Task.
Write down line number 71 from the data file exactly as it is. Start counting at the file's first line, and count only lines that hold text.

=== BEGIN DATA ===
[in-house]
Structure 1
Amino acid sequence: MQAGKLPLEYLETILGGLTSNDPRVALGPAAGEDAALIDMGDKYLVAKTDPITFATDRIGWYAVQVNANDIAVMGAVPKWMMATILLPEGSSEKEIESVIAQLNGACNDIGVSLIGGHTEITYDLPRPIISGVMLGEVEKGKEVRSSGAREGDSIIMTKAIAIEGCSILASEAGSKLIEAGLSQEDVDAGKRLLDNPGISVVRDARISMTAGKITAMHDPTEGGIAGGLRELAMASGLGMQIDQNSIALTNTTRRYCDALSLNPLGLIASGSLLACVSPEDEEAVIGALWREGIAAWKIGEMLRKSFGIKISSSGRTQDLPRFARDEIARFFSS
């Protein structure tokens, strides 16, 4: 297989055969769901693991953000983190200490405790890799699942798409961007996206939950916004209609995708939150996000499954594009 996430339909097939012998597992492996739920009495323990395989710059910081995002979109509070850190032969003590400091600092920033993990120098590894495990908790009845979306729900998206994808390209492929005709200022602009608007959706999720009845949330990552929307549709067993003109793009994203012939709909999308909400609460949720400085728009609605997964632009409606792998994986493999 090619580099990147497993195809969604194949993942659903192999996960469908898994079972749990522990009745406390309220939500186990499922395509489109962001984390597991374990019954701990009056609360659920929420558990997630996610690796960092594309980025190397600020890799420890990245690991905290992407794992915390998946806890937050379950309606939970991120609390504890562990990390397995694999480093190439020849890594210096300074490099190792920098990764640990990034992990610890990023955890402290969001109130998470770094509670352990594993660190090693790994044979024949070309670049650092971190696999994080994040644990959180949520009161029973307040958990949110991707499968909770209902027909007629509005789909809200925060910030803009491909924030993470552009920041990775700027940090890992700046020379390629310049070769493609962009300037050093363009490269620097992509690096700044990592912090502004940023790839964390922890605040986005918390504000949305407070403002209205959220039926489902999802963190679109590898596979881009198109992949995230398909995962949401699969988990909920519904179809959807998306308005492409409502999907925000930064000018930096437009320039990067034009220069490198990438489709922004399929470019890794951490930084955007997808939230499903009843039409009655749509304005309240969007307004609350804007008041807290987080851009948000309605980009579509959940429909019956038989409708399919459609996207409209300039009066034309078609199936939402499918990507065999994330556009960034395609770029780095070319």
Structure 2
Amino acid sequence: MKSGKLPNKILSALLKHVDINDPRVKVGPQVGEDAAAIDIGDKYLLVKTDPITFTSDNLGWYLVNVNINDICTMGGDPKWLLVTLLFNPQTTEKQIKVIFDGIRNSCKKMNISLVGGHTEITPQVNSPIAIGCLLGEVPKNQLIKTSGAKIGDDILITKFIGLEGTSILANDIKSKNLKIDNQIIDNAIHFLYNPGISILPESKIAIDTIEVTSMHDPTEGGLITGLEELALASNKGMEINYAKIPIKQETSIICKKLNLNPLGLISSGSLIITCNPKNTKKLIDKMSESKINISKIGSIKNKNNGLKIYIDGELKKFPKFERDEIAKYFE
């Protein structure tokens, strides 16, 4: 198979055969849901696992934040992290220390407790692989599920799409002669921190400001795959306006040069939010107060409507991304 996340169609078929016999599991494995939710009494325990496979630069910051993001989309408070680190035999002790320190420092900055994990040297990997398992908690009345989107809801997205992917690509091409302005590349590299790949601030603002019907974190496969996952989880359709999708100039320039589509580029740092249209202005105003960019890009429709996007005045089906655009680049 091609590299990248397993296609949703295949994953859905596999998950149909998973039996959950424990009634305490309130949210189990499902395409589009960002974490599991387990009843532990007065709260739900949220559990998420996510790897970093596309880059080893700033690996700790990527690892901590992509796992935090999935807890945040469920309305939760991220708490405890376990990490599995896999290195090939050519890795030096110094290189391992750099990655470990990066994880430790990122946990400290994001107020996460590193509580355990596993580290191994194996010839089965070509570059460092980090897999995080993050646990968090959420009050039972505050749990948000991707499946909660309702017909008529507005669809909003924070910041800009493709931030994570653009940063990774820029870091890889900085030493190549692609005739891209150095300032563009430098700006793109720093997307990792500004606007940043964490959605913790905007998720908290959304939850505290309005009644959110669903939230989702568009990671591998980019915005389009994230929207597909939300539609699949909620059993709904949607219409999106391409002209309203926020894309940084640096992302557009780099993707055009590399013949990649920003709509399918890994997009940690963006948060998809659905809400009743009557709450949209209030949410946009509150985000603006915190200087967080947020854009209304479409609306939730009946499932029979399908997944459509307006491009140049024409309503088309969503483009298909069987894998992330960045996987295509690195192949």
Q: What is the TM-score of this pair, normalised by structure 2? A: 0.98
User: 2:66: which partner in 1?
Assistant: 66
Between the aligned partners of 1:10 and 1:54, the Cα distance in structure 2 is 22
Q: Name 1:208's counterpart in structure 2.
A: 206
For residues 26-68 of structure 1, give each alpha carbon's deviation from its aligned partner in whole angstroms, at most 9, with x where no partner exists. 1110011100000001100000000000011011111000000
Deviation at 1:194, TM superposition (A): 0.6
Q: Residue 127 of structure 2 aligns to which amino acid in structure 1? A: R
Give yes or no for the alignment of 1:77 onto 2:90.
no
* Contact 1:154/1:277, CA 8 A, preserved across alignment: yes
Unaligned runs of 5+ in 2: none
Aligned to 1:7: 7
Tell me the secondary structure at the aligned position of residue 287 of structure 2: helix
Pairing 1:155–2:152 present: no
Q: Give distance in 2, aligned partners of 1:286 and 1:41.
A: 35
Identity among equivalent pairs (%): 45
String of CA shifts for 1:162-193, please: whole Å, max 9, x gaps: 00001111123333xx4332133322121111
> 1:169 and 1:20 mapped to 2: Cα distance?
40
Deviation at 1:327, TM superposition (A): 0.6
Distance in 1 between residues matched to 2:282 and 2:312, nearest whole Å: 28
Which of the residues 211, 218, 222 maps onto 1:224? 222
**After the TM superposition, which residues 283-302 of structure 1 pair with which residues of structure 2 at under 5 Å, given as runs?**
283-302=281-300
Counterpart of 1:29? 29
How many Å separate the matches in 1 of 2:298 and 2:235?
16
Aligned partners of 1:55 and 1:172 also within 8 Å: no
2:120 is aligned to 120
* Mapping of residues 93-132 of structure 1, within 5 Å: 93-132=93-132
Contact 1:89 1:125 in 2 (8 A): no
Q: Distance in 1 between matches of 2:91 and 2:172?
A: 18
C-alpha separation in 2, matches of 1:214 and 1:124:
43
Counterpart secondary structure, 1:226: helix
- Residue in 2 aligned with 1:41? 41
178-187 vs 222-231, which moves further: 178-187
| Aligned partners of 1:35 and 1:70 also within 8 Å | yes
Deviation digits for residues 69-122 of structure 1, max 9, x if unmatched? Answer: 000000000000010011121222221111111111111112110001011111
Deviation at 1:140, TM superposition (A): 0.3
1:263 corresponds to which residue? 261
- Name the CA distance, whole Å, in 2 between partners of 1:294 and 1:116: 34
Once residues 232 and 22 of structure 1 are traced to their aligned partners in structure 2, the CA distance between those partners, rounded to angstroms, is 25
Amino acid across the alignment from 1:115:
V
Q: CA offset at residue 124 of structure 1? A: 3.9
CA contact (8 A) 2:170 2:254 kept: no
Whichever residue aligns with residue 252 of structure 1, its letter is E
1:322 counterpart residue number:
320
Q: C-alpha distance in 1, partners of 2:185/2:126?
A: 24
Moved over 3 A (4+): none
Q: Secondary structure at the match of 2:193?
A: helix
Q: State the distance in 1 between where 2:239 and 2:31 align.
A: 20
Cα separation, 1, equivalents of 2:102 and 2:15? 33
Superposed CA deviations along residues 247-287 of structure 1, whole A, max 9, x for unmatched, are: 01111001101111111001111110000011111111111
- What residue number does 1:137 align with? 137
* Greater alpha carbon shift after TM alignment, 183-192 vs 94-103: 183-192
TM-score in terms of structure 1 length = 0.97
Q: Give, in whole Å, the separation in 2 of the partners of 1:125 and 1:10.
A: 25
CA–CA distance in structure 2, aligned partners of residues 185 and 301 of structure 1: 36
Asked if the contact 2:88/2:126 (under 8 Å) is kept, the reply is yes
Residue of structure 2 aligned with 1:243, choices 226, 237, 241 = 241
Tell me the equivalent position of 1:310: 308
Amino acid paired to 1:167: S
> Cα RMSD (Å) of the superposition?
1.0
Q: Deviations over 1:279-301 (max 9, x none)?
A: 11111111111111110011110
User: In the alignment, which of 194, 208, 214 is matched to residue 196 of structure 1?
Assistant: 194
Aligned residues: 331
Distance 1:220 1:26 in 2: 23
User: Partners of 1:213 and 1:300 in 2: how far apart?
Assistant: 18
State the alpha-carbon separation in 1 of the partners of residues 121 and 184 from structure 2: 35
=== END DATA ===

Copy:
- What residue number does 1:137 align with? 137